Doom. Wolfenstein. Halo. Quake. Goldeneye 007. Call of Duty. All of the previously mentioned titles are very successful first-person shooter video games. Some of these have also inspired movies (although the exact opposite was the case for Goldeneye (1995)). People are inherently drawn to get closer to the action. Feel the danger without being in actual danger. That adrenaline rush is the main reason that types of games are so popular. Movies like The Blair Witch Project (1999), Cloverfield (2008), Quarantine (2008), Grave Encounters (2011)), and most recently Into the Storm (2014), have aimed at putting the audience front and center in the hopes of hooking in deeper connections with the films’ plots. Now most of us realize that, more often than not, it’s just a gimmicky ploy to release movies with lower budgets under the guise of making them appear “more realistic”. Now comes Russian director Ilya Naishuller’s submission into this “shaky” fray of follies with Hardcore Henry. He’s hoping (as well as STX Entertainment for that matter) that his visionary spectacle will revolutionize movie making from this day forward. How well-received will his maiden voyage be into this realm?
Ilya Naishuller gives a video game plot vibe in Hardcore Henry right from the start as the main character, Henry, has some sort of dream or flashback of his youth and then awakens in a medical facility after having some obvious work done to his body. He’s confused as to what’s going on (as is the audience at this point) but patience proves to be key as the opening sequence plays out. He’s met by a woman named Estelle (Haley Bennett) who appears to be more than just his caregiver. Before being able to get satisfactory answers, the facility comes under attack. The man behind this attack is Akan (Danila Kozlovsky) and he seems to have an unquenchable thirst for bloody destruction. With Estelle’s help, the two narrowly escape the clutches of this deranged lunatic but it’s a victory that is only temporary. Akan and his goons catch up to Henry as the cat versus mouse game continues. Estelle ends up being abducted and Henry tries to make sense of everything going on and attempts to save her.
There are loads of expendable, nameless characters that give up their lives in the name of cinematic gore-filled glory. The body count in Hardcore Henry is painfully high. I mean to the point that you absolutely do not care. Death after death after death after death will quickly make most viewers numb to the feelings associated with this type of violence. Since the entire film is predicated on this type of violence, it’s up to the director and writers to get creative. And creative they get in ridiculous, gratuitous and downright foolish ways. Some of what occurs is entertaining while other sequences are just plain stupid. It’s almost as if someone said “hey let’s hit these buttons over and over and see what happens.” Relying too heavily on outlandish violence seemed to leave little time to develop any sort of engaging plot.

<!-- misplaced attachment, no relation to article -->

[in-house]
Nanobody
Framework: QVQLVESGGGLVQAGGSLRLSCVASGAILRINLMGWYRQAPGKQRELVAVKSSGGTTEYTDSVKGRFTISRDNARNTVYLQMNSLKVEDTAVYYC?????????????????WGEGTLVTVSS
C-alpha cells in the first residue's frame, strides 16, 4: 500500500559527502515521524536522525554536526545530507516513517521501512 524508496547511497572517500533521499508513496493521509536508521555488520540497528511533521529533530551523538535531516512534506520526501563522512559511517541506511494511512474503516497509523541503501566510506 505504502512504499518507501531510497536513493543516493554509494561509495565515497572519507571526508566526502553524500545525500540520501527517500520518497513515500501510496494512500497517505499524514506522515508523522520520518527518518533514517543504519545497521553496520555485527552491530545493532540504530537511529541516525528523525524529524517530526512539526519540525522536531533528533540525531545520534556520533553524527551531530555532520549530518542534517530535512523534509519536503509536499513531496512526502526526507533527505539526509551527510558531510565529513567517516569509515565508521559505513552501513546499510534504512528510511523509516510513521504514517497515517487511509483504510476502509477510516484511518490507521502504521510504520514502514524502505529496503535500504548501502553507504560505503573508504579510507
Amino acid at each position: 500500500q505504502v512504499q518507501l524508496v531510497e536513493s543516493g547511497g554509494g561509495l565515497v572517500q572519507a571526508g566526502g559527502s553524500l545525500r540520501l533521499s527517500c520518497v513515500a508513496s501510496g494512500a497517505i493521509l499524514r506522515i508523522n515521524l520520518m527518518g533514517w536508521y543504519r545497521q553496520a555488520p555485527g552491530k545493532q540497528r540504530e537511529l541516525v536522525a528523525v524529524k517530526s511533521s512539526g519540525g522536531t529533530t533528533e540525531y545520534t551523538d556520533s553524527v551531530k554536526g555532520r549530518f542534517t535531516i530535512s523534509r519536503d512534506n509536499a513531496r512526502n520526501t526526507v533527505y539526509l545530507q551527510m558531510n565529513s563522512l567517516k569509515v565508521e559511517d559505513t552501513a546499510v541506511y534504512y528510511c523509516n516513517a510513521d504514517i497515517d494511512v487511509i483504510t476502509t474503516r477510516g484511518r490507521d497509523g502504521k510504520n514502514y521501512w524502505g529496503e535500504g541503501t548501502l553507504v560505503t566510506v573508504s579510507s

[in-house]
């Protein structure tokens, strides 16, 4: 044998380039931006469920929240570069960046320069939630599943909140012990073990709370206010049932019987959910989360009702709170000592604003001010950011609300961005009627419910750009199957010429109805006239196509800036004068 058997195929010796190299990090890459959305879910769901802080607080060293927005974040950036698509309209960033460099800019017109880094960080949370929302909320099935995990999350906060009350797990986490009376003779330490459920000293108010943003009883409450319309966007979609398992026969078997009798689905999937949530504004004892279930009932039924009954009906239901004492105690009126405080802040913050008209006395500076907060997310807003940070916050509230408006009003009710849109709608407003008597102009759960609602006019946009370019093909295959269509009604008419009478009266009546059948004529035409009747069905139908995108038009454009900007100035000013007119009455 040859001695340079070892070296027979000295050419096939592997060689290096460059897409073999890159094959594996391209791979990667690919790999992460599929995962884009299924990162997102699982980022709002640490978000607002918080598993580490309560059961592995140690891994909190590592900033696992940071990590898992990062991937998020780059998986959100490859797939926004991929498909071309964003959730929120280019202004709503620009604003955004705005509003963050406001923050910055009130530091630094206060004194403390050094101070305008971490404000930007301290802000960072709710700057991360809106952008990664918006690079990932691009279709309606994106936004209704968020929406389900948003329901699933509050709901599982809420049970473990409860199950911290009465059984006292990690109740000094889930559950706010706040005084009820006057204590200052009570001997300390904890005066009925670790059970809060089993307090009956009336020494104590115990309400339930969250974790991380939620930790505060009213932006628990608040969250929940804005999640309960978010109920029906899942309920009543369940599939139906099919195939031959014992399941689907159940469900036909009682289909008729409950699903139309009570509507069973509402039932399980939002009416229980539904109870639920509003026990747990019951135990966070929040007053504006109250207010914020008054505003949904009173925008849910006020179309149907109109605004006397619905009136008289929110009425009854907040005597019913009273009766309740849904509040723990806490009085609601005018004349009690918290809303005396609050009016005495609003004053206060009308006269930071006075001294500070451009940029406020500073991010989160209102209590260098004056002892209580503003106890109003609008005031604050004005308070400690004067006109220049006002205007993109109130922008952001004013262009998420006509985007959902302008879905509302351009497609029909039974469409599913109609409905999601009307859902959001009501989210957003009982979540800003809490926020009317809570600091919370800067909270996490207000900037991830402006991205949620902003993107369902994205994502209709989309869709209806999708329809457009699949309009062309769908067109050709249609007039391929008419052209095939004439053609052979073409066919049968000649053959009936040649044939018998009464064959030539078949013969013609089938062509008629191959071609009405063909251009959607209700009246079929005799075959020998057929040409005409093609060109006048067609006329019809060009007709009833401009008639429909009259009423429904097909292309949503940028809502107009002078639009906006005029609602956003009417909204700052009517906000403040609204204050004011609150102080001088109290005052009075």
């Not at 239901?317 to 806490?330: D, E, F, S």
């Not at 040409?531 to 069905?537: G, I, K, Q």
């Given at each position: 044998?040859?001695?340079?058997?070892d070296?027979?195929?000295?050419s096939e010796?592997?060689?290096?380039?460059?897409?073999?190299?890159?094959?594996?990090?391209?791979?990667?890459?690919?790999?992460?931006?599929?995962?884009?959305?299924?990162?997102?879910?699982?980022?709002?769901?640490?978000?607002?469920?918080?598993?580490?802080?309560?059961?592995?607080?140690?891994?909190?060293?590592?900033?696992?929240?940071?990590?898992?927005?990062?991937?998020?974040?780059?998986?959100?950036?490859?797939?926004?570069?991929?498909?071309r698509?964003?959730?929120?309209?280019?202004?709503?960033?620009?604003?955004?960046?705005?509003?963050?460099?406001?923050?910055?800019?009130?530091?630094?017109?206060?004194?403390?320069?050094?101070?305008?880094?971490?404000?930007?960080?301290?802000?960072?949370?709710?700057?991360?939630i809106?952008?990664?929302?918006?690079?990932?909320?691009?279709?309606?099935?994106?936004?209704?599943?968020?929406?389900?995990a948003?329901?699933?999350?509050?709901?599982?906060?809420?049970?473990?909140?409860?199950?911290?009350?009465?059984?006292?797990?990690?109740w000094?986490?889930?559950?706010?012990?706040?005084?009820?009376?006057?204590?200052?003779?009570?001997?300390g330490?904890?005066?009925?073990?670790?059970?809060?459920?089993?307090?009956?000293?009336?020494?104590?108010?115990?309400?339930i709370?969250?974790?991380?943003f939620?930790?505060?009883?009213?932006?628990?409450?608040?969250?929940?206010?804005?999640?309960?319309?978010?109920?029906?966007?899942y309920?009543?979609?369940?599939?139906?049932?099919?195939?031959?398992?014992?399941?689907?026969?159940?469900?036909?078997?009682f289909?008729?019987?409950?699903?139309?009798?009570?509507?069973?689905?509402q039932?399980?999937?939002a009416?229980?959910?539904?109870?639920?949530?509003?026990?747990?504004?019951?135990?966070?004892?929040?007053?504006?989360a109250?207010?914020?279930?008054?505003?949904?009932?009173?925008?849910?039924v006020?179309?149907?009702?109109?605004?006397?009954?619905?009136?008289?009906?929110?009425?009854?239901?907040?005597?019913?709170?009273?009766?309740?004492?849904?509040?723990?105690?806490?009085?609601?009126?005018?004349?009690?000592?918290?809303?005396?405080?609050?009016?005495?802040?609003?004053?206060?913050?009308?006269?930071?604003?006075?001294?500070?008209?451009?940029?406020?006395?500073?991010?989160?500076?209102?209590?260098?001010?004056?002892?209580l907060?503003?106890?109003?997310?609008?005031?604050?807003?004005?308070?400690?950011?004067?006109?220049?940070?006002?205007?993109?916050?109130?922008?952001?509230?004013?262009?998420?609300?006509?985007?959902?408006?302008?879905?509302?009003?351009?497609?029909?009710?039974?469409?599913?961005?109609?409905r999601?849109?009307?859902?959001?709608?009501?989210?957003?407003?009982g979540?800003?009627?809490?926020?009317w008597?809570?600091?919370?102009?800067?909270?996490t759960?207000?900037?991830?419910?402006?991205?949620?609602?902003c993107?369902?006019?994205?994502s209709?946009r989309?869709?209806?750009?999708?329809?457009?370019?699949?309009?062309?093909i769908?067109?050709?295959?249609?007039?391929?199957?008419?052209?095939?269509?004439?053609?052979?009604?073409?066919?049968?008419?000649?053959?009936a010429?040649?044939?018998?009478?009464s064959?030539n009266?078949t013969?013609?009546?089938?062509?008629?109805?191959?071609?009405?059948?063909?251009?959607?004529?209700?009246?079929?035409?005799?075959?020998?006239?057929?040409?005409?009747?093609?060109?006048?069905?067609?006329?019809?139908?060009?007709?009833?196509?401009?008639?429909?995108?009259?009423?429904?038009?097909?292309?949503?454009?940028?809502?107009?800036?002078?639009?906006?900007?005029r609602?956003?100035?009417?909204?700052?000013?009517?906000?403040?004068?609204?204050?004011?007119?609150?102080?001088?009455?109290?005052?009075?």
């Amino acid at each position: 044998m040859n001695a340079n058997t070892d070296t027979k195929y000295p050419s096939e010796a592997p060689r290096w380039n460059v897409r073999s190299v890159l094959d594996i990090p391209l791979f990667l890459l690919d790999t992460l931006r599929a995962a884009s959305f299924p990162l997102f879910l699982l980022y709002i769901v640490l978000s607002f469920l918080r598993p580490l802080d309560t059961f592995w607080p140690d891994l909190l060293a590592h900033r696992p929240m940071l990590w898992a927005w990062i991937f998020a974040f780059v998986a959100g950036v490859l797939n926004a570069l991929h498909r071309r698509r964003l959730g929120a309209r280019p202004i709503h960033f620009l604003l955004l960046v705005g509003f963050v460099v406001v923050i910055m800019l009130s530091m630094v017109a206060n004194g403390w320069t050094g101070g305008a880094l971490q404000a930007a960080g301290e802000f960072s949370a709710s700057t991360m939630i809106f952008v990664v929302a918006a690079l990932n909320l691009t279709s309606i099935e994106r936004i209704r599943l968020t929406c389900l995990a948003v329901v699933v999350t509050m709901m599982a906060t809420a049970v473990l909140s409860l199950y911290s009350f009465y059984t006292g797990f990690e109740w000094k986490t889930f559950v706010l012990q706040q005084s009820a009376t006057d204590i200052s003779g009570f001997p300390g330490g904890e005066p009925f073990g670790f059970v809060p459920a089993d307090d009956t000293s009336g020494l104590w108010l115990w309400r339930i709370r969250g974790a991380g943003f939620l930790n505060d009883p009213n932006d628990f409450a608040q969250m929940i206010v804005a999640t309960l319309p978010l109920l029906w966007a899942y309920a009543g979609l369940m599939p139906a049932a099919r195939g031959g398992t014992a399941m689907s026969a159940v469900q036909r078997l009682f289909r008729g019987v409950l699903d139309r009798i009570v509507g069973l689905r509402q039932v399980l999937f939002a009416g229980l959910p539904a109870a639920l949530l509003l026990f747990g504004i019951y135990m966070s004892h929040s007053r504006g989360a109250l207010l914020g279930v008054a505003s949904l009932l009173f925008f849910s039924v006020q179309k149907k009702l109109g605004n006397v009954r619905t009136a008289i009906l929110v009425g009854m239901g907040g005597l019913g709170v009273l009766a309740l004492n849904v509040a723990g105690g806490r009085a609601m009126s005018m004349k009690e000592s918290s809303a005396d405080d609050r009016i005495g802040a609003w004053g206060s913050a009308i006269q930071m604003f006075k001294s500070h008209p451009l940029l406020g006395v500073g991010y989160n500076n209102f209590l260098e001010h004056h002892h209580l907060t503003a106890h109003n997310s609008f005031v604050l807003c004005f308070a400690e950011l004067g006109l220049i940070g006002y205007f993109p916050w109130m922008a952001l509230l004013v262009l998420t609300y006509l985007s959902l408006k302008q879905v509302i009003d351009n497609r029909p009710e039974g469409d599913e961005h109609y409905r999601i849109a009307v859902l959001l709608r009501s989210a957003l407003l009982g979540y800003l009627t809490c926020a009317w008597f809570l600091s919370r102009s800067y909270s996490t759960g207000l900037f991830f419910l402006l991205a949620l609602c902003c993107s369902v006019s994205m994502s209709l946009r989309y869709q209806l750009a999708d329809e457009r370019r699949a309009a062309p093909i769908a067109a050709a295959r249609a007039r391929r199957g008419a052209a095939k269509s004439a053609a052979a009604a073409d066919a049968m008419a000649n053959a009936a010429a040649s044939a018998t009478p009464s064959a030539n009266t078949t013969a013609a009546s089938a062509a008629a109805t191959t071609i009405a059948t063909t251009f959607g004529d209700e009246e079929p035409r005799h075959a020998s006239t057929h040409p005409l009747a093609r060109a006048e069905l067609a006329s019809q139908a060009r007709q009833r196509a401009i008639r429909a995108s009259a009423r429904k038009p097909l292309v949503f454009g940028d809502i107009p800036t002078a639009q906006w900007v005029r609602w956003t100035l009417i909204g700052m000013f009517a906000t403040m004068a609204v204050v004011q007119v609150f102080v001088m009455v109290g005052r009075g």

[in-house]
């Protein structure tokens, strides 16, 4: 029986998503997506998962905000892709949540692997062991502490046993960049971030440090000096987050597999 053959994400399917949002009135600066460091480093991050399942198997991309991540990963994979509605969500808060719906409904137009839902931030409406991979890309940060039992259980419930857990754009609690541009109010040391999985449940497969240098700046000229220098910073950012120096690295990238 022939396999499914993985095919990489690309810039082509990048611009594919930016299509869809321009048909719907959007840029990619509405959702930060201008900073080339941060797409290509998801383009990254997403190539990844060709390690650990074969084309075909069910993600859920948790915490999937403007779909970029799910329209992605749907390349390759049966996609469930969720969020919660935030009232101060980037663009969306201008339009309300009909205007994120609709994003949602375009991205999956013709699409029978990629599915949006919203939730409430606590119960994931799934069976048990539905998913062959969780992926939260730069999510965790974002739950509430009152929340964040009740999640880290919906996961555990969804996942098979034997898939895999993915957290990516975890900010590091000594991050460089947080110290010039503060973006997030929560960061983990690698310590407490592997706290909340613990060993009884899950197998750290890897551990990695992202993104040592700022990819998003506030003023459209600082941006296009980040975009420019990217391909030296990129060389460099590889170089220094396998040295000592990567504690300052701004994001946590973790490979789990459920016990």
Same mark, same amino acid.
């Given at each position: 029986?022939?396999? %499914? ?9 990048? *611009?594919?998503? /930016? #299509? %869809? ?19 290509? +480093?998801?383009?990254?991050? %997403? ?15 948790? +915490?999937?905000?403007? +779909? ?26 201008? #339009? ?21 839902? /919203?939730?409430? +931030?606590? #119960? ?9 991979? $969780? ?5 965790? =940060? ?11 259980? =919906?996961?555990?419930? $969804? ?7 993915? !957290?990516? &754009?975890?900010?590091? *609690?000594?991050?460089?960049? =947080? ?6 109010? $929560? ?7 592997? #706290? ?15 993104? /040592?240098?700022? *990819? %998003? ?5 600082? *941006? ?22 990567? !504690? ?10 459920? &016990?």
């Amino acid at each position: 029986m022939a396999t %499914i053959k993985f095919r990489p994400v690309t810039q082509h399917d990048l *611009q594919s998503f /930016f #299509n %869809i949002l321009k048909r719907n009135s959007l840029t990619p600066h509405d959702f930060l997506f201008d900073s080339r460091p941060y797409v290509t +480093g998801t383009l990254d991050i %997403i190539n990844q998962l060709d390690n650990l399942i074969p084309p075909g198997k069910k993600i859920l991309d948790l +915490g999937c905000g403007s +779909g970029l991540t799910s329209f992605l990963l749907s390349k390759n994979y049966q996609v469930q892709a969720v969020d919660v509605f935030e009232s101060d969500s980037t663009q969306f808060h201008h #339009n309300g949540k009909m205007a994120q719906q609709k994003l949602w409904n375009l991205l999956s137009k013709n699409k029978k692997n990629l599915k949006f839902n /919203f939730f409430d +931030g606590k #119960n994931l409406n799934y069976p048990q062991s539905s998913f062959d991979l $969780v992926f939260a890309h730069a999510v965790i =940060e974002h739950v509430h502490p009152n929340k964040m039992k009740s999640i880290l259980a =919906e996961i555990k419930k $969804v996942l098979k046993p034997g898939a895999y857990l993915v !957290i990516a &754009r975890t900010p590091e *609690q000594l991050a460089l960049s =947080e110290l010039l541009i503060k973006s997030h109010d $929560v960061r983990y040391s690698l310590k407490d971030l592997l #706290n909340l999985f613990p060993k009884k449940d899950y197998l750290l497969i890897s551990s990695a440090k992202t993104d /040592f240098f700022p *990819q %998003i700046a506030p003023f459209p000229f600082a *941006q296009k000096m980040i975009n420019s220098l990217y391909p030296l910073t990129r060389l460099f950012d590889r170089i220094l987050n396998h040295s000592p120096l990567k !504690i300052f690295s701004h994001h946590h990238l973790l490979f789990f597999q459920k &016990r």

Because of the tone of the film, caring for any of the characters in a non-starter. Everyone is expendable so it isn’t a matter of if, but rather a matter of when. Two “names” that lend themselves to Hardcore Henry are Tim Roth and Sharlto Copley. Roth only has a few scenes while Copley is seen constantly throughout and not always recognizable. He definitely worked for his check. I suppose the biggest contributor to the movie is the GoPro operator. He certainly had his work cut out for him. The one other honorable mention here, that is arguably the best part of this movie, would be the soundtrack. The music does a great job syncing up harmoniously with all of the craziness on screen with the best song selection being Don’t Stop Me Now as performed by Queen.
Hardcore Henry can best be described as pointless with a purpose. The purpose is to see how many kills they can capture on camera and the point is….oh wait there is no point. There is some, like a small portion of, admiration to be had at what Ilya Naishuller tried to accomplished. He just went a little overboard by trying so hard. The constant motion will have a few feeling a bit green in the face. Others will be turned off by the unwavering brutality. Then there will be those that stomp their feet saying that it is a complete waste of time and money. There will be lots of negativity towards this, and rightfully so. Still, there are a group of people out there, some critics and a smattering of regular fans, that will defend this movie by calling it a visionary work of art. I am NOT one of those people. I think your time and money are better spent elsewhere. STX Entertainment usually comes through with the movies they distribute but I cannot see that being the case here. The core demographic for this will be your 16 – 25 year old males. Most others should take a hard (core) pass on this.